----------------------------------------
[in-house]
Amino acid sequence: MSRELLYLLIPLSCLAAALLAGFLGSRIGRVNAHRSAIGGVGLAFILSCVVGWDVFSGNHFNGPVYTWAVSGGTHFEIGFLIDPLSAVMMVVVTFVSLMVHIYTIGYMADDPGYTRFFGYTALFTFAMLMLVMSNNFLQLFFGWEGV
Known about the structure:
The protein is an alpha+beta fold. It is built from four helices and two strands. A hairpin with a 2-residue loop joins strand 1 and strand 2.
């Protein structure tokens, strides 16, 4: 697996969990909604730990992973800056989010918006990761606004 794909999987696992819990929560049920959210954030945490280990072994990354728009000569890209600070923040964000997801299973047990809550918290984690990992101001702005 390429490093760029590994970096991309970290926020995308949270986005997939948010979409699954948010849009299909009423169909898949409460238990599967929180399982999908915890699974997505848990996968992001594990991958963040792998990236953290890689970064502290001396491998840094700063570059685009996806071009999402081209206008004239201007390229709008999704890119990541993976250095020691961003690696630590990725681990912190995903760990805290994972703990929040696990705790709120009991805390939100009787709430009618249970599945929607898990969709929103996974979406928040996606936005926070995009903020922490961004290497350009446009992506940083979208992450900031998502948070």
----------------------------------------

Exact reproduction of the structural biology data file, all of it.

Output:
[in-house]
Amino acid sequence: MSRELLYLLIPLSCLAAALLAGFLGSRIGRVNAHRSAIGGVGLAFILSCVVGWDVFSGNHFNGPVYTWAVSGGTHFEIGFLIDPLSAVMMVVVTFVSLMVHIYTIGYMADDPGYTRFFGYTALFTFAMLMLVMSNNFLQLFFGWEGV
Known about the structure:
The protein is an alpha+beta fold. It is built from four helices and two strands. A hairpin with a 2-residue loop joins strand 1 and strand 2.
């Protein structure tokens, strides 16, 4: 697996969990909604730990992973800056989010918006990761606004 794909999987696992819990929560049920959210954030945490280990072994990354728009000569890209600070923040964000997801299973047990809550918290984690990992101001702005 390429490093760029590994970096991309970290926020995308949270986005997939948010979409699954948010849009299909009423169909898949409460238990599967929180399982999908915890699974997505848990996968992001594990991958963040792998990236953290890689970064502290001396491998840094700063570059685009996806071009999402081209206008004239201007390229709008999704890119990541993976250095020691961003690696630590990725681990912190995903760990805290994972703990929040696990705790709120009991805390939100009787709430009618249970599945929607898990969709929103996974979406928040996606936005926070995009903020922490961004290497350009446009992506940083979208992450900031998502948070």